Young chum salmon may get biggest nutrition boost from Elliott Bay restored beaches
In the midst of ferry boats, container ships and tourists crowding Seattle's Elliott Bay, young salmon are just trying to get a decent meal.
The fish hatch in the rivers and streams that feed into Puget Sound and almost immediately rely on eating small organisms near the shore, including in the heart of Seattle's commerce-filled waterfront.
Though salmon share the busy Elliott Bay waters with boats and barges, scientists suspect built-up, "armored" shorelines and large piers may be the main culprits disrupting fish habitat. These artificial structures block light and confuse the fish as they make their way to the ocean.
But are concrete seawalls actually affecting what the salmon eat, and by how much? A University of Washington study shows that it depends on the species, with small chum salmon seeming to be most affected.
The study looked at the diets of young salmon passing through Elliott Bay. Researchers measured the types of prey in the water along armored shorelines and along restored beaches. Scientists then collected young salmon in nets—corralled by boats or divers—and flushed out their stomachs to look at what they ate recently.
The stomach contents showed that young pink and Chinook salmon that feed on organisms either floating in the water or on the water's surface were able to eat the same amount of food, whether they were feeding near a concrete shoreline such as Seattle's ferry terminal at Coleman Dock or along shoreline that has been restored to look like a natural beach, including along Seattle Art Museum's Olympic Sculpture Park.
However, young chum salmon that munch on critters found mainly in bottom habitats had a noticeable change in their eating patterns depending on the type of shoreline. These small chum salmon ate more invertebrates floating in the water when swimming by armored sites, and more bottom-dwelling crustaceans—which they prefer—when feeding near beaches. Larger juvenile chum behaved more like their pink and Chinook counterparts.
"Our study shows that armoring affects what species of prey are available," said lead author Stuart Munsch, a UW doctoral student in aquatic and fishery sciences. "Fish that normally eat those missing prey will feed on alternative species at armored sites, but we don't know what the costs of that change are to the fish."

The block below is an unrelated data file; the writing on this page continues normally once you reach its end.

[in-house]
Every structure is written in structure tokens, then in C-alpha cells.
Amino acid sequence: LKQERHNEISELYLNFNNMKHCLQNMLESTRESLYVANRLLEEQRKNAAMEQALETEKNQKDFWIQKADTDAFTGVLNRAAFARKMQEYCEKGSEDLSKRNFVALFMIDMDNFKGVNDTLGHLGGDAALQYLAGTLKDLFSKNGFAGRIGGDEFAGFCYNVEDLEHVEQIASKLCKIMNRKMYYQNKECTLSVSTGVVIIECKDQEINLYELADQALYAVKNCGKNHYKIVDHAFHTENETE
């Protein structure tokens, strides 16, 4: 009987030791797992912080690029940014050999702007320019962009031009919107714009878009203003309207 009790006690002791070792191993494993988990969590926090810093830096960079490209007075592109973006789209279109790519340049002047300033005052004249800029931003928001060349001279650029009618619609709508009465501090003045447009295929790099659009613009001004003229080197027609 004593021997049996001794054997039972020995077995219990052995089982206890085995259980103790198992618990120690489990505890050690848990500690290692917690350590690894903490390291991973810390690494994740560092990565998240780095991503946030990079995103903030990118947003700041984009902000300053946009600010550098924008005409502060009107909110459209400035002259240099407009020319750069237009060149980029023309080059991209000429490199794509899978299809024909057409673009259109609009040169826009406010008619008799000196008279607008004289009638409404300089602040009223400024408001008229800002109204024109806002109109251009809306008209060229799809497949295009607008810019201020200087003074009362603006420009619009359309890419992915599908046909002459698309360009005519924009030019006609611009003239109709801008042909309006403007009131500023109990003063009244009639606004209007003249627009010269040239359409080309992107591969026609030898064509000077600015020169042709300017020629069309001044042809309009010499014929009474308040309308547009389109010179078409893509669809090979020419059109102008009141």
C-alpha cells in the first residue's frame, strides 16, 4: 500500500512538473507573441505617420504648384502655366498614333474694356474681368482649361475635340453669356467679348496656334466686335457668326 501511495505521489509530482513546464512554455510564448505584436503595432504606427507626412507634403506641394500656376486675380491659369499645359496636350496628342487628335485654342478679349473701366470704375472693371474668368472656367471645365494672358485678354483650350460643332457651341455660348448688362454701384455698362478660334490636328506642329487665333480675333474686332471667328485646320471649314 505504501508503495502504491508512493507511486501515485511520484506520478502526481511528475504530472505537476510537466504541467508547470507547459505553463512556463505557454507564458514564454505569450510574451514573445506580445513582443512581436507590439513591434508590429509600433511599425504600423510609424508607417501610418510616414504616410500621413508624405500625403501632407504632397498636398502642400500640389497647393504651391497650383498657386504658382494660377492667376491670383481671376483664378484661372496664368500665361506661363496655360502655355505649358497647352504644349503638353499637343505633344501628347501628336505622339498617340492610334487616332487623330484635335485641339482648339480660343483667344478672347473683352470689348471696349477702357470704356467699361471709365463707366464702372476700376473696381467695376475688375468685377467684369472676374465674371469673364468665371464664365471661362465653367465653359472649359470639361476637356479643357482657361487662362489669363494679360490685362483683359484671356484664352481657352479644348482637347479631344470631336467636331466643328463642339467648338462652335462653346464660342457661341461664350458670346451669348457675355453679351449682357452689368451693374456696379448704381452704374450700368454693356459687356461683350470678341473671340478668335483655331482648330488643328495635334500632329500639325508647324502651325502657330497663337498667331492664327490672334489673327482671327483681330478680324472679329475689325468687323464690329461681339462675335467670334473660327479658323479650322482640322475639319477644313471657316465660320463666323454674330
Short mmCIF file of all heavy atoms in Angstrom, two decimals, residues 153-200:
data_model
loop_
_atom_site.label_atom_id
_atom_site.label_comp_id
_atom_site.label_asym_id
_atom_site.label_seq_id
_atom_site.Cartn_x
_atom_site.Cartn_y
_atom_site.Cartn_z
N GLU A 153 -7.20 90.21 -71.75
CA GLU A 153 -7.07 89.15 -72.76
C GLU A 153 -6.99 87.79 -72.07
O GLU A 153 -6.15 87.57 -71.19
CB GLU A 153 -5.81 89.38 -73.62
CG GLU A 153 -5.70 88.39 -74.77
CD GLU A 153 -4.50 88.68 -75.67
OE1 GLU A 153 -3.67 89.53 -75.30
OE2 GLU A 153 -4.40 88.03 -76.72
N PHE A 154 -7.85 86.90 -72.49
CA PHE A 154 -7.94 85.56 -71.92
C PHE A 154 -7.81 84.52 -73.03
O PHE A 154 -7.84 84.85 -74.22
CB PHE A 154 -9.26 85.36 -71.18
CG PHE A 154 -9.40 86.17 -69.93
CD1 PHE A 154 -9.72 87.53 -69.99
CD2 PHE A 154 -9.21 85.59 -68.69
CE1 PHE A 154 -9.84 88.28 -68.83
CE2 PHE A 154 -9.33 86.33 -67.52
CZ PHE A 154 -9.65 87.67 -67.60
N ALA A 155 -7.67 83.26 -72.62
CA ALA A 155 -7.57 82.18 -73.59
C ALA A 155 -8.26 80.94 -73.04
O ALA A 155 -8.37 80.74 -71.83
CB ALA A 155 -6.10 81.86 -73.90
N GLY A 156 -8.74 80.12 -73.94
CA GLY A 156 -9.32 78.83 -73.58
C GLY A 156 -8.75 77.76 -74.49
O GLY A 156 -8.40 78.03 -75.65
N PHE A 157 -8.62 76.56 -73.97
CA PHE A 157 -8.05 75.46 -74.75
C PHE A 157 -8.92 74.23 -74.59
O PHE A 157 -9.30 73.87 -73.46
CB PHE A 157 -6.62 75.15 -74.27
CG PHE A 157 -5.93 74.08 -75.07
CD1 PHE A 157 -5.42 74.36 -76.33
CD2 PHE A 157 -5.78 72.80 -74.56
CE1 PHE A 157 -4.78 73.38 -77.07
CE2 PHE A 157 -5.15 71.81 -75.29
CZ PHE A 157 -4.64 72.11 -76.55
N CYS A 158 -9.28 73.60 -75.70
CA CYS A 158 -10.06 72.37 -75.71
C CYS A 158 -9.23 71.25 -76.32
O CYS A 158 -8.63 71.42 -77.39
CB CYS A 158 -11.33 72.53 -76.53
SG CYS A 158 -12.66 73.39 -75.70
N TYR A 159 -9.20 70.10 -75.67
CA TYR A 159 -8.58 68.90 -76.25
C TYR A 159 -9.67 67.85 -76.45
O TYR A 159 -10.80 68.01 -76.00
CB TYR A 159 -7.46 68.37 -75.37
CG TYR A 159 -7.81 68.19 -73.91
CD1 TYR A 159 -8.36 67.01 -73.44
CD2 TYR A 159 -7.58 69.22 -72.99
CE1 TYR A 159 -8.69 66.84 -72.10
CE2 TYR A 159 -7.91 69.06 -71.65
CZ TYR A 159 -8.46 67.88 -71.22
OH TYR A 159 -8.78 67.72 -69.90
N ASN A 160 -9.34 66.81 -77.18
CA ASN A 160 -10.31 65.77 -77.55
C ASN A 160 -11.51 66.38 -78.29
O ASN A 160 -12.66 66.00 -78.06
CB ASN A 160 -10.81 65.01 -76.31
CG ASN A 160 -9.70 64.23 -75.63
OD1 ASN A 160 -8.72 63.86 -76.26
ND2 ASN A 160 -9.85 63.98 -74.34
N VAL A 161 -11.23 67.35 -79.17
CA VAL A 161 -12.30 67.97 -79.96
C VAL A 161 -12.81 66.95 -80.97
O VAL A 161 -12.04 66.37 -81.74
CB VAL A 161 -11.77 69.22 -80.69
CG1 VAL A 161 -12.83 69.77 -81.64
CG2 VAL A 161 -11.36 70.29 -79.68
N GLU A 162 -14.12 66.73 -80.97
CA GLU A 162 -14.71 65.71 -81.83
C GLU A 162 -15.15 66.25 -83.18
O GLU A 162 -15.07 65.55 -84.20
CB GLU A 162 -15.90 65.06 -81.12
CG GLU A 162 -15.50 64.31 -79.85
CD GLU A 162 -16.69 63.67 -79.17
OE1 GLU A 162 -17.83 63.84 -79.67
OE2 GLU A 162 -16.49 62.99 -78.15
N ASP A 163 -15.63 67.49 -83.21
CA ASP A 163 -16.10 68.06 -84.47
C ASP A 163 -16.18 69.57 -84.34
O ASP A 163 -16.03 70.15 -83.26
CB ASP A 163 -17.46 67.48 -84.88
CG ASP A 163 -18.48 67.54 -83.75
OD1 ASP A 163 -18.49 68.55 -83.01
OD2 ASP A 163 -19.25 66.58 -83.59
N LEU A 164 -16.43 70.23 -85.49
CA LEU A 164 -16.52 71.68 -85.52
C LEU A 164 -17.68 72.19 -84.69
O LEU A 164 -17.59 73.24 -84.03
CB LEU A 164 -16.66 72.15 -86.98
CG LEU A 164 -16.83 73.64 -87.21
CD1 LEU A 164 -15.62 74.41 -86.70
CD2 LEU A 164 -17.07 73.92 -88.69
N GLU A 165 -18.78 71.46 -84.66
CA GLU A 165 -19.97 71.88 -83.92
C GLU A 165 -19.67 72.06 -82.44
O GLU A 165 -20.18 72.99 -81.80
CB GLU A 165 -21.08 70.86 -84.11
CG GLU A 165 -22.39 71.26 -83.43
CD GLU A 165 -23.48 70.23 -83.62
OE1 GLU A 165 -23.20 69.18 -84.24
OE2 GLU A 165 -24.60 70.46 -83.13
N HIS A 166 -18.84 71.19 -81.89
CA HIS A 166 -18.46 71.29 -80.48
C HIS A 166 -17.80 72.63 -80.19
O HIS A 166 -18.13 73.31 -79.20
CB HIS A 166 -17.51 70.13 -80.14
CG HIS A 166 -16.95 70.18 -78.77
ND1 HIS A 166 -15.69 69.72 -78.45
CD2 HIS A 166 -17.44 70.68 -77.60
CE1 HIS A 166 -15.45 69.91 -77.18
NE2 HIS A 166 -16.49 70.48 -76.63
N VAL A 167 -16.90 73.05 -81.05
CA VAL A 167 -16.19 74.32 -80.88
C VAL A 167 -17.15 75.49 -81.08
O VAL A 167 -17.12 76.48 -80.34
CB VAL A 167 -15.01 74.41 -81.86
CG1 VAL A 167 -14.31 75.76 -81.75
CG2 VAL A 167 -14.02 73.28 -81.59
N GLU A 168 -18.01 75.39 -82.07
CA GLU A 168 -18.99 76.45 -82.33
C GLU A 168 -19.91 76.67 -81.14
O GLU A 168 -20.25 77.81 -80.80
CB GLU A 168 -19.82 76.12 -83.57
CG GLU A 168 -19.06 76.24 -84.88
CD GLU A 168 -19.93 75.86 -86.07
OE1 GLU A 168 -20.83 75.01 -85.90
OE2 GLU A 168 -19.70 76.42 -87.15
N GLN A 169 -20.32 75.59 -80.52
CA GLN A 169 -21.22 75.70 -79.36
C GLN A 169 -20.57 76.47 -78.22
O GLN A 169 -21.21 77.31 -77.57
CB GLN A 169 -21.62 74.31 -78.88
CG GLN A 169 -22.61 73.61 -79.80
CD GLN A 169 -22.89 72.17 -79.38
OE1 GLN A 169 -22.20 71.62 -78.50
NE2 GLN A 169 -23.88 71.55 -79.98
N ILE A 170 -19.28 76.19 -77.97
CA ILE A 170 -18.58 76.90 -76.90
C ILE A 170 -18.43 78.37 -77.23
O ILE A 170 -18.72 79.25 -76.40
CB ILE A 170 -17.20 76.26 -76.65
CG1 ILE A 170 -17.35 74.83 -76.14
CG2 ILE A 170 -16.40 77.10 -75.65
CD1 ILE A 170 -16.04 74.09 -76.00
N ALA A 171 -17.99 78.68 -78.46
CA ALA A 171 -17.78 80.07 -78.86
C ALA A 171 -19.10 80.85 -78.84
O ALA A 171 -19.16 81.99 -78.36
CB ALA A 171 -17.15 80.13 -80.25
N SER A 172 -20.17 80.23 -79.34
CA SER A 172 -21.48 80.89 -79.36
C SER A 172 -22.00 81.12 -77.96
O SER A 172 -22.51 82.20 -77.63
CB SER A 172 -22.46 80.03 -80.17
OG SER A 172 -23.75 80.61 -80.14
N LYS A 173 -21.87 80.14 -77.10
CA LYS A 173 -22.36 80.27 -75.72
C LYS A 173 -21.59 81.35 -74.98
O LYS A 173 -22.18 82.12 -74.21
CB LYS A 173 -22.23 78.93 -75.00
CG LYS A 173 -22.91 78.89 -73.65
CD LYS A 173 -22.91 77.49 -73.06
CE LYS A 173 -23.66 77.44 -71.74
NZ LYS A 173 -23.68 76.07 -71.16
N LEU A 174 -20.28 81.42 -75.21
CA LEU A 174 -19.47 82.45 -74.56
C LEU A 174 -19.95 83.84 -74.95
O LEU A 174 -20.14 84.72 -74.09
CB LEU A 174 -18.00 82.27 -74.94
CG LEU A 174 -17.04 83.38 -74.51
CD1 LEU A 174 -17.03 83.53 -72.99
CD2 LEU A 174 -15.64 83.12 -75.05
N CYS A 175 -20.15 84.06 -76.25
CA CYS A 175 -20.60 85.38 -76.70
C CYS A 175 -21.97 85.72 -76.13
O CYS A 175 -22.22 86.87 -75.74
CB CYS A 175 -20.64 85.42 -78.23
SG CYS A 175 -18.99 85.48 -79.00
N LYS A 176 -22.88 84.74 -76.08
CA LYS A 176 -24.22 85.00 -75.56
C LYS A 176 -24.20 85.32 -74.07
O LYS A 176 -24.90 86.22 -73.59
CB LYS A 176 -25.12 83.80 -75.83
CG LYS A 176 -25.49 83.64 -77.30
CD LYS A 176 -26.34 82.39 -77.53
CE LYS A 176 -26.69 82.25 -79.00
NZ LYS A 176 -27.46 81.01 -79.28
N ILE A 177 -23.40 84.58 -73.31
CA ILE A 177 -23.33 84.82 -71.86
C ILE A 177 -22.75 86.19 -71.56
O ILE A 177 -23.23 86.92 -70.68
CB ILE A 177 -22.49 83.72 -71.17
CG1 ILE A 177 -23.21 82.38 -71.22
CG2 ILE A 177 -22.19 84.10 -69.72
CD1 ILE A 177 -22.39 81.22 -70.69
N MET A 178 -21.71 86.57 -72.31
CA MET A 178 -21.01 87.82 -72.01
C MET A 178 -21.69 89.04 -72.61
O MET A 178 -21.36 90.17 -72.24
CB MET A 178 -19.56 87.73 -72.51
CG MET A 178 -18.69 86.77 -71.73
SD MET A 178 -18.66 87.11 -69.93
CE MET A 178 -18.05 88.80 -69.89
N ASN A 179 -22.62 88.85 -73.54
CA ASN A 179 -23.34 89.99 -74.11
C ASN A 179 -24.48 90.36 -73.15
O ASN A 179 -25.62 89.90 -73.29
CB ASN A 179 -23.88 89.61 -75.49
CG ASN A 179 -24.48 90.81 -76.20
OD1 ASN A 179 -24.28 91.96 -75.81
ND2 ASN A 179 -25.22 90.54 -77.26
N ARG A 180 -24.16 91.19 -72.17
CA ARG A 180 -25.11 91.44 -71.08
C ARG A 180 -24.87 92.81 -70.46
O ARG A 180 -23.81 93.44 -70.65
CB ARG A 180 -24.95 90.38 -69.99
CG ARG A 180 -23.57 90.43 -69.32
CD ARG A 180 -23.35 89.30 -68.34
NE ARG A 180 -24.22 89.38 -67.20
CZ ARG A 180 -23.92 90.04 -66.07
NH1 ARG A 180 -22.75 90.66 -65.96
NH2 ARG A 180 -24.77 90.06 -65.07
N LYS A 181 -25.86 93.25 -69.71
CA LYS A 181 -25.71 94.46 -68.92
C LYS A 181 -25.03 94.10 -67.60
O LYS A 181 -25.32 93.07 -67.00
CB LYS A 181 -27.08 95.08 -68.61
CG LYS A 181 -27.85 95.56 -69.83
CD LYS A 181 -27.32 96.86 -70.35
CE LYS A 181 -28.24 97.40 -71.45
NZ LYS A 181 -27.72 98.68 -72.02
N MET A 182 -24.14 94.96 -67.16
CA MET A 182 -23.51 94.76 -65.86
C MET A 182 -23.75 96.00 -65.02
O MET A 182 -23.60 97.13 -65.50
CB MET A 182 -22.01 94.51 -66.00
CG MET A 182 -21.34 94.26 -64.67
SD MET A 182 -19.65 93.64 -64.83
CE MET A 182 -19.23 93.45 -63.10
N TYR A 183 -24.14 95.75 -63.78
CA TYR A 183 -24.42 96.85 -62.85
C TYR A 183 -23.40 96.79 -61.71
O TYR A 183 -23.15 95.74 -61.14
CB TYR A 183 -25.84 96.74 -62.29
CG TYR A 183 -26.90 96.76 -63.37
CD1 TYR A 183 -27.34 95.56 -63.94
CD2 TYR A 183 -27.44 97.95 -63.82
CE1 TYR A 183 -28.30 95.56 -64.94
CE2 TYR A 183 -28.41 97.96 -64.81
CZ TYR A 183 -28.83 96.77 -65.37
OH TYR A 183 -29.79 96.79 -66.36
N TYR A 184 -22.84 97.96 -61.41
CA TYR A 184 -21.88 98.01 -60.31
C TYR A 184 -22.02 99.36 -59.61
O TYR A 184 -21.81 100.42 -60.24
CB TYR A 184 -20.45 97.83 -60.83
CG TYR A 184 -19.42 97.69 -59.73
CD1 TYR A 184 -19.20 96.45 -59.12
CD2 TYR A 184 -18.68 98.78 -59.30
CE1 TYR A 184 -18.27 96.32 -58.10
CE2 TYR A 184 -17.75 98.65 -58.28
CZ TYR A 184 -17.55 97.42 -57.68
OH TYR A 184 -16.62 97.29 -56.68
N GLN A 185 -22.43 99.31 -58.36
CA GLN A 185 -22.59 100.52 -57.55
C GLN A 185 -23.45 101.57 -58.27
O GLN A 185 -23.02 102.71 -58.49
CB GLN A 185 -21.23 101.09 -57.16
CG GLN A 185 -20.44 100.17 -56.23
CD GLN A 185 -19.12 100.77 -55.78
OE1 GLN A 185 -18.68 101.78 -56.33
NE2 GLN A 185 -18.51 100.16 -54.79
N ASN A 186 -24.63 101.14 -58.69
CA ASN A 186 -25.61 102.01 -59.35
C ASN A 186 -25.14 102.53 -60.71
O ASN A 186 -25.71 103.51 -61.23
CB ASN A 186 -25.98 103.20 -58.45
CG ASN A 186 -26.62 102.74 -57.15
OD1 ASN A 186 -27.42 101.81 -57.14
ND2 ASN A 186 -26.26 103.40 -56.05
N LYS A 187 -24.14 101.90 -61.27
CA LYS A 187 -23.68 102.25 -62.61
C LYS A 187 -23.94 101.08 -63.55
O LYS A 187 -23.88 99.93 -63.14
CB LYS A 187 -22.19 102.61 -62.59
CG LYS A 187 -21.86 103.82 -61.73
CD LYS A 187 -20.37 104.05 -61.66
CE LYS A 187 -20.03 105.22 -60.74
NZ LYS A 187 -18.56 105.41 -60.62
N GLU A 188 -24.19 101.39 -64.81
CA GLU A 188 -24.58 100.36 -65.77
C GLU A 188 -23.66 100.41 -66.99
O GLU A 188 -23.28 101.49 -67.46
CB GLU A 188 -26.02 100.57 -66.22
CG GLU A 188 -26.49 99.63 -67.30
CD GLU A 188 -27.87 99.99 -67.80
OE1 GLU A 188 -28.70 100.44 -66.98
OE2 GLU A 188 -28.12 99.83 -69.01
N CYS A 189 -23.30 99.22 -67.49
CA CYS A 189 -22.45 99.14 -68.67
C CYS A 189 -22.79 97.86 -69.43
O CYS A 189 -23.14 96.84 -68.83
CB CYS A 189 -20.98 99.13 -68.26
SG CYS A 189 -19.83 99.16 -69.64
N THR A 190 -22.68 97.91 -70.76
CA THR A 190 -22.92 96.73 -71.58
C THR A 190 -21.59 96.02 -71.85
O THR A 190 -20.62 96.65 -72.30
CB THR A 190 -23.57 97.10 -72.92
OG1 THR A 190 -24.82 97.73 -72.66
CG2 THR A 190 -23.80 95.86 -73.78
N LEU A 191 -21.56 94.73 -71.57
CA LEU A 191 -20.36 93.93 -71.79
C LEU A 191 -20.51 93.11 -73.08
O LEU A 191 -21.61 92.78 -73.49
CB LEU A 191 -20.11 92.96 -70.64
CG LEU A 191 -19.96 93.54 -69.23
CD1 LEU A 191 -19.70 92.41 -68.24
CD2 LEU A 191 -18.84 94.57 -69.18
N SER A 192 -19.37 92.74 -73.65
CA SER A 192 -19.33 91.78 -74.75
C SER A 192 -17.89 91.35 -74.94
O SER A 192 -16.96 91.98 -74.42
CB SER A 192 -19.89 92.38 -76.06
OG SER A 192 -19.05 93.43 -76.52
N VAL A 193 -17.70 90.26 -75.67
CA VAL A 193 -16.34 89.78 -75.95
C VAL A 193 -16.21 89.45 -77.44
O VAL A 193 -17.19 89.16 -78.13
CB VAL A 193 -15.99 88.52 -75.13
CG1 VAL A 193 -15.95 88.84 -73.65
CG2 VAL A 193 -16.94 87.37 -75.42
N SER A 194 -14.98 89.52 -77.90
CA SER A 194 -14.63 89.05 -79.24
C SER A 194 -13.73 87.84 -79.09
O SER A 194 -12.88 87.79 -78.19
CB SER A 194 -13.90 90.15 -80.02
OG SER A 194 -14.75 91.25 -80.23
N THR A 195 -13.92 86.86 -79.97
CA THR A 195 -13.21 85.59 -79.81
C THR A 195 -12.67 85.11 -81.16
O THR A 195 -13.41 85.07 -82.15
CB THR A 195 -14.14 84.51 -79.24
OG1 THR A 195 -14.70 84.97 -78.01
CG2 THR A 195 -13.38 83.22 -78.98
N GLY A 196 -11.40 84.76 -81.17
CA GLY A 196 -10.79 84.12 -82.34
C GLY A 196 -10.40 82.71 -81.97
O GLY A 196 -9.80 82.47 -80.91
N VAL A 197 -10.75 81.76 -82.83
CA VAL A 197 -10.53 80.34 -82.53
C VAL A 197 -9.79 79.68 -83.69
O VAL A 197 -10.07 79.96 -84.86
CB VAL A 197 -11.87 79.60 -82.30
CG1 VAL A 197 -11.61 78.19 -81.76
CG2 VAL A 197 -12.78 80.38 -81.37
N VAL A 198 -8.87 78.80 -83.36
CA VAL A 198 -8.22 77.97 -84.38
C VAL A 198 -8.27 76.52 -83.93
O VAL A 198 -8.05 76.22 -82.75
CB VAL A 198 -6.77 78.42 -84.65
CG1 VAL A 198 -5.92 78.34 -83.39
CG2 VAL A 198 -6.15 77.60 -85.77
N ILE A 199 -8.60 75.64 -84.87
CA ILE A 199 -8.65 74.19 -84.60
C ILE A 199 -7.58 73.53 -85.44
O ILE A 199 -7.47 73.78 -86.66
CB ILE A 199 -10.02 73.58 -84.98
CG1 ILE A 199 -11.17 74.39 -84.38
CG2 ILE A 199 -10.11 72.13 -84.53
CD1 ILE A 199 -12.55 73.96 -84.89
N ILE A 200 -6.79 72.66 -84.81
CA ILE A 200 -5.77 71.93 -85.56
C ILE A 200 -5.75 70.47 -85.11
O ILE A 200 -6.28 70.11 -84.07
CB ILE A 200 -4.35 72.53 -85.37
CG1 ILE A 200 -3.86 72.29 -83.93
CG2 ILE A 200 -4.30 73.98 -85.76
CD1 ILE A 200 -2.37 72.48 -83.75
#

The findings were published Sept. 15 in the journal Marine Ecology Progress Series.
The article details the latest in a series of recent studies along Seattle's waterfront that is trying to better understand how fish behave in urban, industrial waterways. The shores of Elliott Bay are almost fully walled-in with concrete and riprap, a layer of large stones designed to keep soil from eroding. The most natural shorelines are along several manmade sandy beaches, restored recently for public recreation and natural beauty.
The study confirmed that areas converted to look like beaches attract more diverse organisms, including small crustaceans known as harpacticoid copepods. These weren't seen much along armored shorelines, which instead had more barnacles—not an appetizing choice for young salmon.
"Engineered shorelines like these manmade beaches are going to have more components of a natural ecosystem than a featureless wall," said co-author Jeff Cordell, lead investigator on the project and a UW research scientist with aquatic and fishery sciences. "Manmade beaches will produce more diversity and numbers of the kinds of food juvenile salmon utilize."
The researchers found that while the types of organisms in the water did indeed change depending on shoreline, only the small chum salmon actually adjusted what they ate.
Maybe the other fish, the pink, Chinook and larger chum salmon, ate prey that wasn't directly affected by the type of shorelines present—such as plankton, which was in the water at both locations—or were large and strong enough to swim through both areas, eating along the way, before their stomach contents were measured.
But small chum salmon are especially dependent on the tiny crustaceans more common along restored beach sites. And while none of the fish studied were starving, the fish whose diets changed may have used up considerable energy trying to keep a balanced diet.
"The [type of] copepods that chum salmon usually feed on are brightly colored and they're found near the bottom," Munsch said. In other words, the chum's typical diet is easy prey. "We think that chum salmon along armored shorelines might have to spend more energy searching for prey that are harder to see, or chasing prey that are more evasive, when that energy should be allocated to growth or migration."
This study and other recent papers by Cordell's research team are informing Seattle's Seawall Project, which is replacing the current waterfront wall with a structure that intends to be friendlier to fish while protecting city infrastructure.